Prolonged Fever of Unknown Origin

Question of the Week

Father taking child's temperature
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Q. My 7 year old son has had a fever for nearly 10 days now. The fever goes up to about 103.3 and back down to normal. At first my son was acting very healthy and normal, but the last couple of days he has been feeling very tired and worn out, and is coughing a lot. He was tested for strep a week ago and this came back positive, so he was put on antibiotics. However, the fever did not go away and although he now tests negative for strep, he is still sick. A blood count taken one day ago shows a "very healthy blood count" according to his pediatrician. Our son had the flu vaccine about one month ago.

At what point do we need to start getting worried and asking for more tests? It seems to me that 10 days is a very long time to have a fever, and our doctor is not being overly proactive about this. White Plains, NY

A. Having a child with a prolonged or persistent fever like this can be frustrating, both for a parent and their pediatrician.

On the one hand you don't want to overreact and put a child through a lot of unnecessary tests for what could be 'just a virus,' but then you also don't want to miss anything treatable or even more importantly, miss something very serious.

So doctors usually use a step-wise approach when managing a child like this.

Evaluating a Child with Prolonged Fever

If seen early in the illness, like within the first 3-5 days, they may just decide to observe a child after a full physical exam and depending on how well or sick your child seems. After that, your pediatrician will likely do more testing if the fever persists, like the strep test and blood count, depending on your child's other symptoms.

At this point, since your child still has a fever, he almost certainly needs to be seen again. This is especially important since you think he is getting worse. If your aren't comfortable seeing your pediatrician again, then consider getting a second opinion from another pediatrician or by going to the ER at a Children's Hospital.

Further testing might include a:

A detailed physical exam might provide further clues too, especially looking out for mouth ulcers, rashes, swollen lymph glands, or classic symptoms of pediatric diseases, like Kawasaki disease.

When evaluating a child with a fever of unknown origin (FUO), after several weeks, testing for less common things is also eventually done. This might include an abdominal sonogram or CT scan to look for a hidden abscess, stool cultures, an ANA (arthritis test), thyroid function tests, and antibody testing for other infections.

If all of that is normal, then testing for non-infectious causes of fever, like juvenile rheumatoid arthritis, malignancies, and inflammatory bowel disease, usually comes next.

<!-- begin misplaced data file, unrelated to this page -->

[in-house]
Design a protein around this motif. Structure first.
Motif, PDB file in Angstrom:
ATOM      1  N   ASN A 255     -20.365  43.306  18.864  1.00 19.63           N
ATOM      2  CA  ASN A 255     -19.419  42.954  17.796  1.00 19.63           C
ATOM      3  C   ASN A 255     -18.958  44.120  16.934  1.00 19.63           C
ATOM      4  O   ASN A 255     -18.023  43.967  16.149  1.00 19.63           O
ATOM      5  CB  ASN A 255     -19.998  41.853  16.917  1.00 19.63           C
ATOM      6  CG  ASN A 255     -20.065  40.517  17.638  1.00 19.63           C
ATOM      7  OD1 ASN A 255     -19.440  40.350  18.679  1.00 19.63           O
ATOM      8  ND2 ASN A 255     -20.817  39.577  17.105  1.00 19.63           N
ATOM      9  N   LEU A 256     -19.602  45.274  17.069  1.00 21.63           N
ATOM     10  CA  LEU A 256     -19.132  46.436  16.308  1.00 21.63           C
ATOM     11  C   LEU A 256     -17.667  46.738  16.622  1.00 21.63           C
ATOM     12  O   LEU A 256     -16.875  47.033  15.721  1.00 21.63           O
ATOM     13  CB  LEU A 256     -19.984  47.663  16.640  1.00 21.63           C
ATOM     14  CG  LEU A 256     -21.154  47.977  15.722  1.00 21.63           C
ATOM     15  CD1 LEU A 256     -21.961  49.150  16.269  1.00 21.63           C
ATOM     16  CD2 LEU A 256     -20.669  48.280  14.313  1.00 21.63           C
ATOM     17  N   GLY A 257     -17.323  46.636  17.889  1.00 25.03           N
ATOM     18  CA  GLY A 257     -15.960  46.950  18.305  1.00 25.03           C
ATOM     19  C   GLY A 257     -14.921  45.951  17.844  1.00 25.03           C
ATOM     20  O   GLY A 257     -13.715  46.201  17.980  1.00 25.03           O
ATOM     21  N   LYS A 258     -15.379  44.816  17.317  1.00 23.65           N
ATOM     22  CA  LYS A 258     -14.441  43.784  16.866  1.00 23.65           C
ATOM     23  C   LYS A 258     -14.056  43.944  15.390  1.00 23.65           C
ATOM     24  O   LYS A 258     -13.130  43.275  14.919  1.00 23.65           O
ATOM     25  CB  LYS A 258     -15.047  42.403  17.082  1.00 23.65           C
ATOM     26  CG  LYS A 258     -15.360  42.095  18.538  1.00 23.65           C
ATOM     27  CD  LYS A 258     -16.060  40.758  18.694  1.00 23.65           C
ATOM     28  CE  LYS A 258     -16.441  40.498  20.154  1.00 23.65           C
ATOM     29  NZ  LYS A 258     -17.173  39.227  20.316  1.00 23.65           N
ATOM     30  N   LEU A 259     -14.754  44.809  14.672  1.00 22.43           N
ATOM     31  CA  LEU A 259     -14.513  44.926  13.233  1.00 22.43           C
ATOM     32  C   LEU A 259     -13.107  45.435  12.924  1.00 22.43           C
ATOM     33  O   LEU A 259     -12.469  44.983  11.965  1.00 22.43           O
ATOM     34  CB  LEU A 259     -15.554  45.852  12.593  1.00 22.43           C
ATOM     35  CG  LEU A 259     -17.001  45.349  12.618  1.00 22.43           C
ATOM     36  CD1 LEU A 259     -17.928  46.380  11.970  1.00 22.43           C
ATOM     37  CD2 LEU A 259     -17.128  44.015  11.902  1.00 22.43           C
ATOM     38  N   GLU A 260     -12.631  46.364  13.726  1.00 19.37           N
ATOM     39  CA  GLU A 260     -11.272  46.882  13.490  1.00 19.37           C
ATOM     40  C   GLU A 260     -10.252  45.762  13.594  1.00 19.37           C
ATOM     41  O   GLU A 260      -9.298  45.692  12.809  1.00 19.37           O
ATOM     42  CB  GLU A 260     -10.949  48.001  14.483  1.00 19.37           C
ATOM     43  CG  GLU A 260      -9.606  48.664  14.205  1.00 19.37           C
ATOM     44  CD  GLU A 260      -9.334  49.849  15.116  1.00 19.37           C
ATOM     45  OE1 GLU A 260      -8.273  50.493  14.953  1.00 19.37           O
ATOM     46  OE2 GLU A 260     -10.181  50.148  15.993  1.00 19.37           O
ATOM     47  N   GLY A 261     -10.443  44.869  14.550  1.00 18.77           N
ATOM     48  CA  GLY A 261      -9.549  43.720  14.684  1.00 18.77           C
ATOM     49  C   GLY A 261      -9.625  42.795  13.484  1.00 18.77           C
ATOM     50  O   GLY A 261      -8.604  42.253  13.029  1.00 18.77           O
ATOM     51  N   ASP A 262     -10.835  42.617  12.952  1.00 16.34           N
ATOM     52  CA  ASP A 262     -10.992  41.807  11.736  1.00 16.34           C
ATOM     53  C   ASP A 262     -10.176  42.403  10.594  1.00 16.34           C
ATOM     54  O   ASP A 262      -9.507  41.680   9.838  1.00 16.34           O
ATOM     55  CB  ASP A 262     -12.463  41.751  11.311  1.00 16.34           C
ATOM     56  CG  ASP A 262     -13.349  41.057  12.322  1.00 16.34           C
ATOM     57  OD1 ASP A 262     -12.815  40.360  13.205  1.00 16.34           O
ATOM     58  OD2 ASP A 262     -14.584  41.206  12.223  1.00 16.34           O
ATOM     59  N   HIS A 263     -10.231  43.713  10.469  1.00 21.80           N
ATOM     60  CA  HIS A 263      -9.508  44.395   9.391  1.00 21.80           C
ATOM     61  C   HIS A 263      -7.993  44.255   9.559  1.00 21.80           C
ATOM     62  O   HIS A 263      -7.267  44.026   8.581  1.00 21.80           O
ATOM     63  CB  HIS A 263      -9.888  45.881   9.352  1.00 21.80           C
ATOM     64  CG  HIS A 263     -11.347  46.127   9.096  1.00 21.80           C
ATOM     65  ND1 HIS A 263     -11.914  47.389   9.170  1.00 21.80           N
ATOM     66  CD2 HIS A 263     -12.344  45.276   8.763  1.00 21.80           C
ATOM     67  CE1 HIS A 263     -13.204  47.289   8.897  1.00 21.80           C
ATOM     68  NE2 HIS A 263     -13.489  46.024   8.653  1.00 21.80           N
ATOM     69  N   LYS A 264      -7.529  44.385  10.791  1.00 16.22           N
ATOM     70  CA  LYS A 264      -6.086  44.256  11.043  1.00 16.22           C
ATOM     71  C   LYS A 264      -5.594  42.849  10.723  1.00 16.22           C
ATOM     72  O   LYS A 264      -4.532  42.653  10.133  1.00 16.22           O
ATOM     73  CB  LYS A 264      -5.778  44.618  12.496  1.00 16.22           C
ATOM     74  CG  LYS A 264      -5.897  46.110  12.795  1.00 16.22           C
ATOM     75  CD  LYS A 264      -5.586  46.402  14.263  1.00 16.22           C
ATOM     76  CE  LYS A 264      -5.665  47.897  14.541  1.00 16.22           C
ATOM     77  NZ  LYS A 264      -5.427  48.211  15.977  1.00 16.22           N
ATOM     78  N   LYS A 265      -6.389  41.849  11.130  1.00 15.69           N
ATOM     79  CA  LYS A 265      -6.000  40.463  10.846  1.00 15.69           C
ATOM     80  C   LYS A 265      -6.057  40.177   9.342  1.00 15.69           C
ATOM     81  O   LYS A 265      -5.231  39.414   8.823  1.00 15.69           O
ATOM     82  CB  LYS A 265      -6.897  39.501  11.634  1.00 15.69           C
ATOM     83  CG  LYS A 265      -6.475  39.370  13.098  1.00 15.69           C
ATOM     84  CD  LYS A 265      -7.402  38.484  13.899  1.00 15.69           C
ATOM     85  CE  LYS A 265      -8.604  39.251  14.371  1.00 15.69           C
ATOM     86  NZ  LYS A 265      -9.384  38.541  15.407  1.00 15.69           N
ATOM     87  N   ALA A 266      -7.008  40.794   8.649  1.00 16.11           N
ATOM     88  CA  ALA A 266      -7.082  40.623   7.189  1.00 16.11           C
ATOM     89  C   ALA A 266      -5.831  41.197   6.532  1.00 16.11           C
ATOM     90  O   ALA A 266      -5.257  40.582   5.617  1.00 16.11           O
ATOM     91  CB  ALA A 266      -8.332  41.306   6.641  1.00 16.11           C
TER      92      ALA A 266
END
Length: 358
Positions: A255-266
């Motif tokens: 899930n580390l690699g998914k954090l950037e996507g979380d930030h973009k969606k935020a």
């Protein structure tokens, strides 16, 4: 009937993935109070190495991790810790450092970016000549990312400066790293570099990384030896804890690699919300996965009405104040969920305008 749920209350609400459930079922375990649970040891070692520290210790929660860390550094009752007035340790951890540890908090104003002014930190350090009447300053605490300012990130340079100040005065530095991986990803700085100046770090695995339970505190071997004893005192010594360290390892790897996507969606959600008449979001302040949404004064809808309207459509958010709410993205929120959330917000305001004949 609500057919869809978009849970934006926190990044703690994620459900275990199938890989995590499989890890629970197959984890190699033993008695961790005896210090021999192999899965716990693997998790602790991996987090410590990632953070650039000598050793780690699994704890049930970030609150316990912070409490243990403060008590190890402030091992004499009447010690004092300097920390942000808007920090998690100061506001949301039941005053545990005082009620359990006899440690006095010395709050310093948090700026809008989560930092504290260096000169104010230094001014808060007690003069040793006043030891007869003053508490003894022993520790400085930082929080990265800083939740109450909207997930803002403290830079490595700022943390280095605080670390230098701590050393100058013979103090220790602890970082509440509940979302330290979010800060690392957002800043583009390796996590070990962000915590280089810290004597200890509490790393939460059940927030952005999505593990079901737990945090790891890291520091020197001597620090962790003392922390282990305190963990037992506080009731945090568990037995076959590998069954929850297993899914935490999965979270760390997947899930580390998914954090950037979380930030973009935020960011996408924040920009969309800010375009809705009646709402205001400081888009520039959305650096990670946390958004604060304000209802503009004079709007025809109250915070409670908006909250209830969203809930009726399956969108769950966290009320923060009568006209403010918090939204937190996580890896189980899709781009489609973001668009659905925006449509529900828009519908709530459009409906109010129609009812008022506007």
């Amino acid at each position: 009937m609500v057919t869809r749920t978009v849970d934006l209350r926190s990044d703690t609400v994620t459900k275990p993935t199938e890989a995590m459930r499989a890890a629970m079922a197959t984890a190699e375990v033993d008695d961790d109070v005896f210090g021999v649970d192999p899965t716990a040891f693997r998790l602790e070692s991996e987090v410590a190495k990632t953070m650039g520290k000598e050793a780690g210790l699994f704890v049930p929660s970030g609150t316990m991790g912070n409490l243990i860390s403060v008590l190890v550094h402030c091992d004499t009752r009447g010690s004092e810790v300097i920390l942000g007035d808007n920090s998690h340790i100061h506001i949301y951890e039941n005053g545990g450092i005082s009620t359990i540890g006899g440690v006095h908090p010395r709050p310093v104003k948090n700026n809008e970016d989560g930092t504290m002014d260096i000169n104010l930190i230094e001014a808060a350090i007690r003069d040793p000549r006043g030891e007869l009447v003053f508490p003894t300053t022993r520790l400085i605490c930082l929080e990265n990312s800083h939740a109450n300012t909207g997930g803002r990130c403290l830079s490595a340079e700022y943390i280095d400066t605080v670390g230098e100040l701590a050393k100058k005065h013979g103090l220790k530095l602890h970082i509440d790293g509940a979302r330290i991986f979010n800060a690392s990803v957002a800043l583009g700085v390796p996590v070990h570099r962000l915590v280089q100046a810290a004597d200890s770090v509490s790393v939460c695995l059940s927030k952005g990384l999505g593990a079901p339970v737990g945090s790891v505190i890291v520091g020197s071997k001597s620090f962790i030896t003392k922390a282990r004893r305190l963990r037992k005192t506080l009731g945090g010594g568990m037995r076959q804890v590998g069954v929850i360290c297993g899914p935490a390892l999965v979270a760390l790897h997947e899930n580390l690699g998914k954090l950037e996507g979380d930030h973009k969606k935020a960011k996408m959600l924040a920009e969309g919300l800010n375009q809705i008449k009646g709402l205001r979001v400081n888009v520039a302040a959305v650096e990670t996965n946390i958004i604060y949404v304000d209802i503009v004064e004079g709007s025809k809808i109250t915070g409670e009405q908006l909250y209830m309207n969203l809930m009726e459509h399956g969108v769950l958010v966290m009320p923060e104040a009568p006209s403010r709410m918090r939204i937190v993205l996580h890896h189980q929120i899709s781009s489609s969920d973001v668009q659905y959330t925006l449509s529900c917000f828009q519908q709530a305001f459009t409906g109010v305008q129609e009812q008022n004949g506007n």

Since your child is 'coughing a lot,' that might point to a respiratory illness as the cause of his fever, like a cold that turned into pneumonia or a sinus infection.

Walking pneumonia or mycoplasma pneumonia can cause a high fever, and may also be a possible cause of his symptoms. It is not unusual for this infection to last 1-3 weeks before a child starts to show improvement.

Again, since he isn't getting better, you should see a doctor again.

Clues to FUO Cause

To help your doctors narrow down what is causing your child's fever, consider the following questions:

  • Has he been around anyone else that has been sick?
  • Has he missed any of his routine vaccines? (your doctor might not think of vaccine-preventable diseases, figuring he should be vaccinated and protected against them)
  • Has he traveled out of the country recently? (Malaria)
  • Has he been around any farm animals or wild animals? (Brucellosis, Tularemia)
  • Do you have any pets? (reptiles - Salmonella infections, Birds - Psittacosis)
  • Has he been bitten by a tick? (Lyme Disease, Q Fever, Rocky Mountain Spotted Fever)
  • Has he been scratched by a kitten? (cat-scratch disease)
  • Has he eaten any raw or undercooked foods or drink unpasteurized milk or juice?
  • Does he have a heart murmur? (bacterial endocarditis)
  • Has he been taking any medications? (drug fever)
  • Does anything like this run in the family? (familial Mediterranean fever)
  • In addition to the fever, has he had other symptoms, like night sweats and weight loss? (lymphoma)
  • Has he had episodes like this before and were they associated with ulcers in his mouth? (PFAPA syndrome)

Again, keep in mind that since your child is 'coughing a lot,' he really doesn't haven't a fever of unknown origin, and he may just have some type of respiratory illness.

What To Know About FUO

In addition to these tips, other things to know about persistant fevers include that:

  • Fever of unknown origin has often been defined as having a fever for three weeks or more without a known reason after one week of doctors trying to figure out the cause of the fever.
     
  • A prolonged fever is simply one that lasts longer than usual, for example more than the seven to ten days that you would expect with a simple viral infection.
     
  • Antibiotics usually aren't prescribed just because a child has a fever that is lasting a long time. A specific cause should be determined cause.
     
  • In many cases, no specific cause of the fever is found and it just stops.
     

In addition to your pediatrician, a pediatric infectious disease specialist and a pediatric rheumatologist might be helpful if your child has a prolonged fever.

Sources:

American Academy of Pediatrics. Committee on Infectious Diseases. Red Book 2015.

Prolonged, Recurrent, and Periodic Fever Syndromes. Principles and Practice of Pediatric Infectious Diseases (Fourth Edition), Part II, 2012, Pages 117-127.

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